The District 233 school board gave its blessing to an outdoor mirrored obelisk sculpture for the Homewood-Flossmoor High School campus. Students and art teacher Greg Petecki explained the concept for the project at the April 4 board meeting.
The District 233 school board gave its blessing to an outdoor mirrored obelisk sculpture for the Homewood-Flossmoor High School campus.
Students and art teacher Greg Petecki explained the concept for the project at the April 4 board meeting. This will be the 12th sculpture students have created. Others are scattered about the campus and last year’s piece is in front of the Flossmoor Public Library.
Students in the sculpture course are Dyeisha Garrison, Paul Monteih III, Rachel Rusek, Iesha Thompson, Ashley Dureke, Joshua Platz, Olivia Ryan and Kathleen Schmidt. Under Petecki’s direction, they spent several classes talking about concepts, what they wanted their sculpture to represent and how they would design and build it.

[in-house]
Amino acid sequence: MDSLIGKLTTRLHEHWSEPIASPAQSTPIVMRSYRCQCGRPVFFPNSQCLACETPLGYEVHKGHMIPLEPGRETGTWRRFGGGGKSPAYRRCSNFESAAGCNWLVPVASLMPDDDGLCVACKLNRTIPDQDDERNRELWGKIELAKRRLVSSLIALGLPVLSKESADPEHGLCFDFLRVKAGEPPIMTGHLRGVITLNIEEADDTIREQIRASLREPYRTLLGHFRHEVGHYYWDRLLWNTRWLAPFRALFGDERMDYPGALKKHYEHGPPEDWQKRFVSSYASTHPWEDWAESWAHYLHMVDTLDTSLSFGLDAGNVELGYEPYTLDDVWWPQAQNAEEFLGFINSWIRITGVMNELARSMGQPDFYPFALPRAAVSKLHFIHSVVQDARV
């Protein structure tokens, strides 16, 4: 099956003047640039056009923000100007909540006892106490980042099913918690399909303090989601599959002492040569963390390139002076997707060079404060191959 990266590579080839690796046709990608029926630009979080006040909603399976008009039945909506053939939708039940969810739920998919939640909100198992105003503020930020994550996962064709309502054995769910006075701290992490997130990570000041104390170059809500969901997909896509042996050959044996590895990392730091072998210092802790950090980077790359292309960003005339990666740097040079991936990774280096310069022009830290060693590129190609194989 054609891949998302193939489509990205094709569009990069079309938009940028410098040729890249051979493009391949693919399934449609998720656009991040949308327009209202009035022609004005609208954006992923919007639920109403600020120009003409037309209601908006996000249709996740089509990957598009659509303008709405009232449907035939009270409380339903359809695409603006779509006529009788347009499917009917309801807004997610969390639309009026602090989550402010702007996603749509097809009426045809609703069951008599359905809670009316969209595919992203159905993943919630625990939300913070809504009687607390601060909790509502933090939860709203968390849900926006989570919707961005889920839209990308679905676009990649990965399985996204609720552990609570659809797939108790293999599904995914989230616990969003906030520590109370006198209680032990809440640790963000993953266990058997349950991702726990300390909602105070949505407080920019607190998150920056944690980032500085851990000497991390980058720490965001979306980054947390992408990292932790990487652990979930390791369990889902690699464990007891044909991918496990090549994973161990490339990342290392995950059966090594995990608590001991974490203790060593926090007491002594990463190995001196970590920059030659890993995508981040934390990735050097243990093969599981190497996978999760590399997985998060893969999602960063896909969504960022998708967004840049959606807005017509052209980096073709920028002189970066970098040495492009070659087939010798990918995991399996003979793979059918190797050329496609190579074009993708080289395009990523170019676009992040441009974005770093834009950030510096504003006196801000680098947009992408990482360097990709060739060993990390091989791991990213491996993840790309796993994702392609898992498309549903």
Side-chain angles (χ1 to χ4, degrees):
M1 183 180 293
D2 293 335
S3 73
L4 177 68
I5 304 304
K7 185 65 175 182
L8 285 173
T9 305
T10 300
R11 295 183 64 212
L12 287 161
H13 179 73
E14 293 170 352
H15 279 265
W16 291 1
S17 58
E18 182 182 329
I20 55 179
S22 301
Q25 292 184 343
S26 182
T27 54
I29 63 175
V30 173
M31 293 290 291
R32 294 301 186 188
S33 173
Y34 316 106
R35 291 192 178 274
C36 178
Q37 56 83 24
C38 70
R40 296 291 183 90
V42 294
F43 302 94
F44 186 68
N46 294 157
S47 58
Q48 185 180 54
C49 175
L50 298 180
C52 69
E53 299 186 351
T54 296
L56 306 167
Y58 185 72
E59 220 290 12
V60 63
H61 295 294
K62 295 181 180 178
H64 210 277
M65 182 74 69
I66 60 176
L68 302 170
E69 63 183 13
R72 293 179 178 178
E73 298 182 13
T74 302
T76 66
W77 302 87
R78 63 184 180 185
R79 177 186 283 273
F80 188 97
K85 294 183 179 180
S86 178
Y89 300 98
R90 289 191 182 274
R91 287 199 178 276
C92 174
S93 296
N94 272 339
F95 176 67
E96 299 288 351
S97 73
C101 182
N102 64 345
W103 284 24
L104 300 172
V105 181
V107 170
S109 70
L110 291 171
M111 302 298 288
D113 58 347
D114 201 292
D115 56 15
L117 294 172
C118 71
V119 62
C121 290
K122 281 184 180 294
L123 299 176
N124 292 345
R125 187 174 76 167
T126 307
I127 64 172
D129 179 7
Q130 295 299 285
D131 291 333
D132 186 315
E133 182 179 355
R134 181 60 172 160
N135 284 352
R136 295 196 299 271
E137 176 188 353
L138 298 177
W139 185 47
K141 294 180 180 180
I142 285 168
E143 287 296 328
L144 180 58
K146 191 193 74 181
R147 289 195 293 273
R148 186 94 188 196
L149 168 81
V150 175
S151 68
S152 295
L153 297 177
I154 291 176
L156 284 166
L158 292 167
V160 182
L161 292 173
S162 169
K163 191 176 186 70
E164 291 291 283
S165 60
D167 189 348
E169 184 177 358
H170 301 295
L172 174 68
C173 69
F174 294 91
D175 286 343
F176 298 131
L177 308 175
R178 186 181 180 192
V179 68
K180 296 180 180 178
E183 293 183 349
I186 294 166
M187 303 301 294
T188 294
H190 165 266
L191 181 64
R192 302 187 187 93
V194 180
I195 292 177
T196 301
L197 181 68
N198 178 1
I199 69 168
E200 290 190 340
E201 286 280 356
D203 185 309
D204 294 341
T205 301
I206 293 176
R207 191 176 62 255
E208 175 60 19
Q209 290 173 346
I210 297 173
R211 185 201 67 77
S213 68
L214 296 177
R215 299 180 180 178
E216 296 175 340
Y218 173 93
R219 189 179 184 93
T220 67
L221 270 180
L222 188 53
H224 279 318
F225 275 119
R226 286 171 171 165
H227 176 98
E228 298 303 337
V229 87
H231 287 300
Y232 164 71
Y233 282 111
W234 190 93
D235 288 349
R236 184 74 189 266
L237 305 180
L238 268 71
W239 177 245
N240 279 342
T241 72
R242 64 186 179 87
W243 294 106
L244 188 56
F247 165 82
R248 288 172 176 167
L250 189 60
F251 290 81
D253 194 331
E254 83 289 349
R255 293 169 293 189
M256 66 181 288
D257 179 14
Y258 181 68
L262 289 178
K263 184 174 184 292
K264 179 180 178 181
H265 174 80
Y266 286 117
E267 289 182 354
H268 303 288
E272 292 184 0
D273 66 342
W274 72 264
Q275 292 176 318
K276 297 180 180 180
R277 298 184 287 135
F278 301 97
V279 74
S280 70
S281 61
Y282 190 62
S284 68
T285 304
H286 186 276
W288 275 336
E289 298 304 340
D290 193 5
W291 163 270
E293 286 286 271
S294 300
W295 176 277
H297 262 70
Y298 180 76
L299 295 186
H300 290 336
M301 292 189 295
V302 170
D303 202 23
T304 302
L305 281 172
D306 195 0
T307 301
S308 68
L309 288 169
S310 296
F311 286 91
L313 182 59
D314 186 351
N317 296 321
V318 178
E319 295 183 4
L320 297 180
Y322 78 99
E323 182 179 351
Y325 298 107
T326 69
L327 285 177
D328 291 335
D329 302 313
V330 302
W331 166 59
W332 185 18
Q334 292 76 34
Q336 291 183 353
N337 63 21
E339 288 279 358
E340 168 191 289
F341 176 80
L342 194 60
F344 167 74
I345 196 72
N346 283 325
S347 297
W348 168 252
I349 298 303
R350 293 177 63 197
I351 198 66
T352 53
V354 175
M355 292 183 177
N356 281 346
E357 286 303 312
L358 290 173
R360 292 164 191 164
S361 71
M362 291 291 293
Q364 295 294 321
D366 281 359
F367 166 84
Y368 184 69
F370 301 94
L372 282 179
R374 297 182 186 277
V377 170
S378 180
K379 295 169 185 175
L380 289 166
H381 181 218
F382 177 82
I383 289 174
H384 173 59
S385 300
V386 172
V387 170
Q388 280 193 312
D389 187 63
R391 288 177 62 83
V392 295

In addressing the board, senior Olivia Ryan said students selected the obelisk shape for the class project, “Power of Reflection,” because it represents the highest power and stability. They decided to cover it with mirrors. They were inspired by noted artist Antoni Gaudi’s public sculpture mosaics in Barcelona, Spain.
“The purpose is our country is undergoing an integral shift in its history. We want this piece to represent a historical time,” she said. The sculpture will depict strength, stability and unity of the country and H-F.
The fractured mirrors are representing individuals with their own ideas showing “we can come together to create something magnificent and powerful,” Olivia added.
Joshua told board members the sculpture will cost approximately $750. Students in H-F’s Project Lead the Way Program helped with the design blueprint. Students will be constructing the project in four layers in the H-F Wood Shop.
The skeleton will be treated wood covered with cement board. That will be covered with a layer of mortar that will allow students to press mirror fractures into the mortar. The final layer will be grout applied between the mirrors.
The project will stand 12-feet tall. It will be located in a courtyard of the South Building near the gym and cafeteria entrance. It will be completed in May.
Petecki said creating art “takes ideas and through hard work and the process of figuring out how to do something with those ideas students can make their ideas a reality.”